Over the past few years, it has been abundantly clear that many contractors have their choice of work and not enough resources to handle all of the opportunities. That abundance commonly leads to the labor field being able to bounce between companies for quick wage increases, leaving company owners and management struggling to keep fully staffed with qualified people.
Charles Petersheim, a small construction business owner and blogger at Builder, recently shared some “field-tested” tips that he used to retain his most valuable employees. I’m going to paraphrase them below, but I encourage you to read the entire article, titled “Six Field-Tested Tips to Retaining Valuable Employees” over on Builder.
Petersheim has found that the following solutions have helped in employee retainage:
A 401K program with a delayed vesting schedule
Paid holidays, vacation, and flex times
Purchasing the most productive employees personal trucks, but keeping the title and ownership
Improving the day-to-day quality of the jobsite by making sure it stays very organized and allowing for long weekends
Reviewing the overall compensation and benefits with each employee regularly, so that they can see the full value the company is offering
Creating a culture of family
The author goes into much deeper detail on each topic in his blog post and I once again encourage you to read the full post.
Full story: Six Field-Tested Tips to Retaining Valuable Employees | Builder
The following is a guest post by Patrick Barthet.
We’re all familiar with graffiti. There’s been plenty of it around for a very long time. Those of us who live in Miami have even seen it develop into an art form. Wynwood Walls has been transformed into an international tourist attraction, exhibiting spectacular and visually stunning outdoor murals by a variety of aspiring artists. Of all the forms of graffiti, tagging may be the most popular - spray painting one’s name, initials or symbols, on someone else’s property, often times a building, a highway sign, or even a piece of construction equipment, any place where it can be readily seen by as many folks as possible.
Large contractors are always on the hunt for the locations with the most amount of work and, according to a new report, they don’t have to really spread too thin to have a chance at most of it.
3D printing technologies have significantly improved over the past few years and some have even made it to the jobsite. Not to be outdone, NASA, your favorite America space exploration organization, has announced a plan to being building and manufacturing in low-Earth orbit.
In 2017, President Trump signed an executive order expanding the role of apprenticeships in America, in hopes that it would help build the workforce in many skilled trades. In late June, the US Department of Labor (DOL) announced yet another expansion, but this time it left out the construction industry.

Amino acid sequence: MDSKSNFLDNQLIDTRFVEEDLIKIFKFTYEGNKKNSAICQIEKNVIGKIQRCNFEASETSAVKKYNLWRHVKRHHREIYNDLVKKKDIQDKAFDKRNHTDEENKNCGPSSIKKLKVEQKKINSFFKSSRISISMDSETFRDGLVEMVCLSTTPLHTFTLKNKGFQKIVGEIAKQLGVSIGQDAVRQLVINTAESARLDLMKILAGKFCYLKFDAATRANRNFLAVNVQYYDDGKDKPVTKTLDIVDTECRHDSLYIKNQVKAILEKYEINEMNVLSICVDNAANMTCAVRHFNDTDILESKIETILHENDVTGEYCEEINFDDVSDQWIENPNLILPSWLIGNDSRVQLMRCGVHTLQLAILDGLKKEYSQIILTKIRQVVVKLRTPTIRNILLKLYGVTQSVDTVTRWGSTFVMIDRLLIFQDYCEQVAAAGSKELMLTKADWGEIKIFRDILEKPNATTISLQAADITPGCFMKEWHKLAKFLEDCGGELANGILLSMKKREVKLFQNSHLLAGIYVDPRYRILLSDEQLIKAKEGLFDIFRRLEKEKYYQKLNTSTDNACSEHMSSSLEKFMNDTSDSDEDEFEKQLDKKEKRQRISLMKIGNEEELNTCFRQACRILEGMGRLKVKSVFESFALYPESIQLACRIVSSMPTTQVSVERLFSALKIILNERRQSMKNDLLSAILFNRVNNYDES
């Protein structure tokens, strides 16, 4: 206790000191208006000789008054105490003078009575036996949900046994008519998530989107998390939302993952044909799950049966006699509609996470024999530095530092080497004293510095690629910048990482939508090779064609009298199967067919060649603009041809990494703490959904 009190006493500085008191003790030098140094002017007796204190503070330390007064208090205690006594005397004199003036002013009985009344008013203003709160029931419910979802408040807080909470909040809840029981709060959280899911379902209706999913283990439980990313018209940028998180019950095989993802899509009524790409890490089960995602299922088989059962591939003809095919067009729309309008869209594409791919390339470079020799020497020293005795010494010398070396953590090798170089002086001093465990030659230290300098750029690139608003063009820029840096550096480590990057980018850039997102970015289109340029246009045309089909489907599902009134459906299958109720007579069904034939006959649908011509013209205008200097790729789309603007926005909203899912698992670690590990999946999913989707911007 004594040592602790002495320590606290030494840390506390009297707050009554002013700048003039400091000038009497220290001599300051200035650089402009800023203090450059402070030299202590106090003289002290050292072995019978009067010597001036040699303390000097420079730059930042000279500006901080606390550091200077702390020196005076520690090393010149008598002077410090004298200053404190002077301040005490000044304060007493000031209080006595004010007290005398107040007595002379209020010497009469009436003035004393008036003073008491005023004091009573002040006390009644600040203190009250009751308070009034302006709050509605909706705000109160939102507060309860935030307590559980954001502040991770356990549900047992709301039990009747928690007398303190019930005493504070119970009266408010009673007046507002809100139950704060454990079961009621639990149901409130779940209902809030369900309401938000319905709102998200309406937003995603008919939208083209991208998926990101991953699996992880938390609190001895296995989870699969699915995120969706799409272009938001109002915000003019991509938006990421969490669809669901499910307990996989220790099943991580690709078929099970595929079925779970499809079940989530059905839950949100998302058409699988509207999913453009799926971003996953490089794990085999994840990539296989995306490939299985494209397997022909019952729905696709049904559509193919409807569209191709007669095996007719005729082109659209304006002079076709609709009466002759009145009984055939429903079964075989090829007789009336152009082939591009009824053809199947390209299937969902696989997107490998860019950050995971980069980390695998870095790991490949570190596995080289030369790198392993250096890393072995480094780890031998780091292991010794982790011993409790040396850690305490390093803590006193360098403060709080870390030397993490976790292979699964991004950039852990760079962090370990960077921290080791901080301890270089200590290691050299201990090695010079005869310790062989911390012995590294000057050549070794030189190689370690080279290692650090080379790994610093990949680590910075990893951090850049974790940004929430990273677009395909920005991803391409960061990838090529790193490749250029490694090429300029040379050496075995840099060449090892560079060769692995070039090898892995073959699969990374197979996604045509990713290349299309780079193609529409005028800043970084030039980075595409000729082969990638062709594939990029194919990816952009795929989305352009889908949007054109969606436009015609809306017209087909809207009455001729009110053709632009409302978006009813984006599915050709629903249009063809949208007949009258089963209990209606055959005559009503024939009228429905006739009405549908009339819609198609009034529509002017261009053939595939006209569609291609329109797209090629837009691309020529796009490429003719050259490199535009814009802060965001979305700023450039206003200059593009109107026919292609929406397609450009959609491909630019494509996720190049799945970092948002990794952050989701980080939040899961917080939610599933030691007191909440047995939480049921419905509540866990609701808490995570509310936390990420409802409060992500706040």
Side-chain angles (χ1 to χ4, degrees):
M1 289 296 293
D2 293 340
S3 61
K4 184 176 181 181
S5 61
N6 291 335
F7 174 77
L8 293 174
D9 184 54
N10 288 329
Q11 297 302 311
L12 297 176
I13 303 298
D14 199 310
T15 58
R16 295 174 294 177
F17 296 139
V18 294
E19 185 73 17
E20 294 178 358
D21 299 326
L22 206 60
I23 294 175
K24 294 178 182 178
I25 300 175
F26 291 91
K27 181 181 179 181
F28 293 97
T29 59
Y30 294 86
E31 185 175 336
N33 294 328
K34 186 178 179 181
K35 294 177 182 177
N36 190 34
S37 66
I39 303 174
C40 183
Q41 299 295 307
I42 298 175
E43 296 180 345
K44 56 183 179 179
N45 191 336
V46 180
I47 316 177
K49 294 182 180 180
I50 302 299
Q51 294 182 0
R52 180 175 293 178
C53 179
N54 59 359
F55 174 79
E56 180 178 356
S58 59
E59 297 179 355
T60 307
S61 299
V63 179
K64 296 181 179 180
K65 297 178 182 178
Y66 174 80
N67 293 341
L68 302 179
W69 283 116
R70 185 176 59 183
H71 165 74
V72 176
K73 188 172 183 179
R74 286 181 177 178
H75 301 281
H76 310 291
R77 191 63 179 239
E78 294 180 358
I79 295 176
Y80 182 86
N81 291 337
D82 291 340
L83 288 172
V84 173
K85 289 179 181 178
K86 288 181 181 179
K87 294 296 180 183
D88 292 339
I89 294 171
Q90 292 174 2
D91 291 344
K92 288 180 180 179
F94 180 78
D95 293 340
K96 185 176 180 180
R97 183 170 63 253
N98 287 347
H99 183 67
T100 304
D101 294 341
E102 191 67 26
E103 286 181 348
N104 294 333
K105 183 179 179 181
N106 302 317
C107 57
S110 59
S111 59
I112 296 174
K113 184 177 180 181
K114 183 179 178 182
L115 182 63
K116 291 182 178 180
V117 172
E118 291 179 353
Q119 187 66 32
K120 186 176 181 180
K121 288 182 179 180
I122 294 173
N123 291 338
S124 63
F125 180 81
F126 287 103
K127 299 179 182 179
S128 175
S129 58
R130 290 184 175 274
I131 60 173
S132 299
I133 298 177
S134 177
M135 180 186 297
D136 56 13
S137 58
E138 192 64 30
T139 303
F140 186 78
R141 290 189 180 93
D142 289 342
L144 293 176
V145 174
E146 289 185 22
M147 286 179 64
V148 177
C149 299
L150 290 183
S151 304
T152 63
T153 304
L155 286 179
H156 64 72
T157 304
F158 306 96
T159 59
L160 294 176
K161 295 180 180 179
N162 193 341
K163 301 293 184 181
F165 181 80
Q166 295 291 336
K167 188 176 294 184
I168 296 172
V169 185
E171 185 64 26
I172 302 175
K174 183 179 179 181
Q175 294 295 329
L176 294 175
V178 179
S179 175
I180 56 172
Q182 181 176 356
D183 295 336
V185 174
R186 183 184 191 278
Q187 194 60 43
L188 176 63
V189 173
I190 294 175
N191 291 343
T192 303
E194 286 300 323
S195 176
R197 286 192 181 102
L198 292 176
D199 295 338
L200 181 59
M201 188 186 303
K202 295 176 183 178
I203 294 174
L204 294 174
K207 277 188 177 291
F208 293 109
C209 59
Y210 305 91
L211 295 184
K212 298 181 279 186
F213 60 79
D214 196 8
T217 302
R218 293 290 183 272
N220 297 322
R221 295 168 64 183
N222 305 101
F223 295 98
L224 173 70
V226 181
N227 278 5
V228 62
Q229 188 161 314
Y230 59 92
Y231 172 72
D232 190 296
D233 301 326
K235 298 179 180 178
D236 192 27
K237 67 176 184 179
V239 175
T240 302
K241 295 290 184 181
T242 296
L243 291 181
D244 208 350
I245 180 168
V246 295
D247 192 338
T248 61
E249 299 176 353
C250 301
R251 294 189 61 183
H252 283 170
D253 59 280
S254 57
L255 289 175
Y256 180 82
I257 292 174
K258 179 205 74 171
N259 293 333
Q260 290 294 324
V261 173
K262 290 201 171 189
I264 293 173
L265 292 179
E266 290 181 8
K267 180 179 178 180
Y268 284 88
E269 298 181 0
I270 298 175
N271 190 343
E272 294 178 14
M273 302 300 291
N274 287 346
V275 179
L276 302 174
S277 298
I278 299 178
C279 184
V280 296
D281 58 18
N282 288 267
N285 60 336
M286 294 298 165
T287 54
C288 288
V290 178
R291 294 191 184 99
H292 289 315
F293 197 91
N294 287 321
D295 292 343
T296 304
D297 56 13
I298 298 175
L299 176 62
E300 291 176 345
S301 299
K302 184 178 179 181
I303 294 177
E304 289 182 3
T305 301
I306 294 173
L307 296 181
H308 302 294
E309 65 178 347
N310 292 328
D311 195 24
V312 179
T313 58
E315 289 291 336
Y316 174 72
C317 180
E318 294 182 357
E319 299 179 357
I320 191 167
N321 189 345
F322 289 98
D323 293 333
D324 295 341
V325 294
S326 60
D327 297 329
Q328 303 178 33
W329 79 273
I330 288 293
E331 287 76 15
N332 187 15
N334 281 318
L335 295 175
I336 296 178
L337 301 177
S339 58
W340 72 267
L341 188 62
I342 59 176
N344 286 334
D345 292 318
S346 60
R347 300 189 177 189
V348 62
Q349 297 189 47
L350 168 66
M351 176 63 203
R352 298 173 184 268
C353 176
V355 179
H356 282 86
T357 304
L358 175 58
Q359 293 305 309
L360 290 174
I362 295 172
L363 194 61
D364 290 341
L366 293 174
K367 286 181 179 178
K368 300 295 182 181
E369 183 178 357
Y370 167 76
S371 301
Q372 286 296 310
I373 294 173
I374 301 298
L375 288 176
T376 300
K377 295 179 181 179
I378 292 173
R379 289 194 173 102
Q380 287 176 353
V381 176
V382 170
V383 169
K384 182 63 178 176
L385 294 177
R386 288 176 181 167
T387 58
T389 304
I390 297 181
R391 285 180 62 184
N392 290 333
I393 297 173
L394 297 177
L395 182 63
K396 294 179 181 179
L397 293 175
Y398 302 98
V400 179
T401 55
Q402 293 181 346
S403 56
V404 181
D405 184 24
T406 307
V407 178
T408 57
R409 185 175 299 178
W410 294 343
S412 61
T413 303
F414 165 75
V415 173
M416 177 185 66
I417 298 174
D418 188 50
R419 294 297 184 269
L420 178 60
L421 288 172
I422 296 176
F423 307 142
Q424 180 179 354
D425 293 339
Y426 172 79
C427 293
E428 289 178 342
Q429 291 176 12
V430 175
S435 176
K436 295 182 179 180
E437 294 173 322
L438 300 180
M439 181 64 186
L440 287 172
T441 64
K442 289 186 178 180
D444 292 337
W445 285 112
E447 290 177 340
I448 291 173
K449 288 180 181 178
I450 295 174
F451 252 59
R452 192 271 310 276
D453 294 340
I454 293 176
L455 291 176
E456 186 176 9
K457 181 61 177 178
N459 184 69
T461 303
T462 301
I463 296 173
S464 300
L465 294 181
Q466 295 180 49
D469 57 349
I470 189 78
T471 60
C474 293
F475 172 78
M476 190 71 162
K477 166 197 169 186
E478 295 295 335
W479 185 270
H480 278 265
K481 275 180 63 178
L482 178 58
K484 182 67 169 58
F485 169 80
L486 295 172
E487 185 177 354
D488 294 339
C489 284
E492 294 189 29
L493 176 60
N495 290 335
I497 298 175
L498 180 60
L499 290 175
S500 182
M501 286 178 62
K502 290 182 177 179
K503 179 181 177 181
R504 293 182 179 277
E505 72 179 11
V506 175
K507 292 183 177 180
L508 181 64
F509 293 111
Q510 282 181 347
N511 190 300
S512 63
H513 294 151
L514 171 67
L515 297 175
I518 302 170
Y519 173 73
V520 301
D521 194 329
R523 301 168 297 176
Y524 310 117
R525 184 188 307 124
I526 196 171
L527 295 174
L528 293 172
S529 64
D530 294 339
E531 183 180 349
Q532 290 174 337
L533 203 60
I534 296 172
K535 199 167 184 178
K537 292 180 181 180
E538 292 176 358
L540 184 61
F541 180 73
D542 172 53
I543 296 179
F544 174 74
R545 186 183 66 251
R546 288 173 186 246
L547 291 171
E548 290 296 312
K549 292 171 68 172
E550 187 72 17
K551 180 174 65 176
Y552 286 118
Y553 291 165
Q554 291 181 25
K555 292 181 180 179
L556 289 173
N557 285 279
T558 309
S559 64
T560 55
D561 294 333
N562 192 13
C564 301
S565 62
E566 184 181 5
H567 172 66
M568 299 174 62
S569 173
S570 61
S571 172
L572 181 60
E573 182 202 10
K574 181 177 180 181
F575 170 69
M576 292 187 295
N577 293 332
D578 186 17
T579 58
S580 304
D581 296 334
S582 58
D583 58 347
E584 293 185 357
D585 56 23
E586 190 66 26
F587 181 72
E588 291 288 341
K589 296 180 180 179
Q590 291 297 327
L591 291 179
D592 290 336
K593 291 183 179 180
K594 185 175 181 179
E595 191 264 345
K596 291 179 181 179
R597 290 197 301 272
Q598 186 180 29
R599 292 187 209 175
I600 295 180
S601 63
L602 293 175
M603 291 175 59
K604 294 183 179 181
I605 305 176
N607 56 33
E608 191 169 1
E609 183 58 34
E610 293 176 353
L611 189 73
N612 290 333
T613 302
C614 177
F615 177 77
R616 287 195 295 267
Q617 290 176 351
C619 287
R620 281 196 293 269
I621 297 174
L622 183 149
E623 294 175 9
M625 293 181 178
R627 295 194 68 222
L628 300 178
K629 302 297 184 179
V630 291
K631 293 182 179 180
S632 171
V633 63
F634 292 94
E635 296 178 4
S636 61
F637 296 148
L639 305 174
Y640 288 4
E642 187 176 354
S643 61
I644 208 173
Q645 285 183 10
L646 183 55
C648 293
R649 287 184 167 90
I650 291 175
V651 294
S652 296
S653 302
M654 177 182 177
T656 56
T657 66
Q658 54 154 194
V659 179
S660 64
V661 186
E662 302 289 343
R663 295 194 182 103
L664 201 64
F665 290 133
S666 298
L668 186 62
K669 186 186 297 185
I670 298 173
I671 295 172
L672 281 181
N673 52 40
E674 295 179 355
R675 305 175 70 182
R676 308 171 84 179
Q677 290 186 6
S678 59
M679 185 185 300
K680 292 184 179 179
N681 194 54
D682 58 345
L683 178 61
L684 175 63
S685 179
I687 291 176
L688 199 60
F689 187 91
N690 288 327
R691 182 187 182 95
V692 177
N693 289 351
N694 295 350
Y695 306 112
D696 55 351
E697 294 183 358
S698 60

When you need to demolish a building in a tight downtown setting, you make sure to hire people who have the right experience to do the job. Controlled Demolition, Inc (CDI), was at it again recently, when they shared a video of a recent building implosion in Dallas, TX.
Construction Junkie's 5th Annual Best Construction Podcast Competition has officially come to an end and the results have been tallied. It was a very exciting competition this year, with several very strong competitors pulling in tons of votes.
Modular Construction has been touted for years as a major disruptor in the construction industry, but the building method has been slow to take off as expected. We’ve recently seen a spike in demand for modular building, especially in the hotel and multi-family housing sectors, which has been driving many new projects across the world. A recent report highlights the trends and potential time and cost savings the method could provide.
I’ve been very fortunate over the course of my relatively short career in construction to spend time focusing on many different aspects of construction. I recently spent about two and a half years working in site development and Storm Water Pollution Prevention Plan (SWPPP) compliance on a national scale and I wanted to share some of the insights that I gained from that experience.
Falls are, by far, the leading cause of fatalities in the construction industry, accounting for nearly 40% each year. That fact is the main reason why personal fall protection devices are so heavily stressed in the industry. But, even if your fall is arrested by a harness, you’re not out of the woods yet, as serious complications can happen while you’re being suspended in the air.
We all know – or, at least, should know – about construction’s Fatal Four Hazards: Falls, Struck-by, Caught-in or Between, and Electrical. Those hazards get most of the attention in most safety training courses in construction and rightfully so, they contribute to a large majority of all deaths on the jobsite. A recent study, however, highlights the need to take certain health hazards more seriously, due to their long term effects.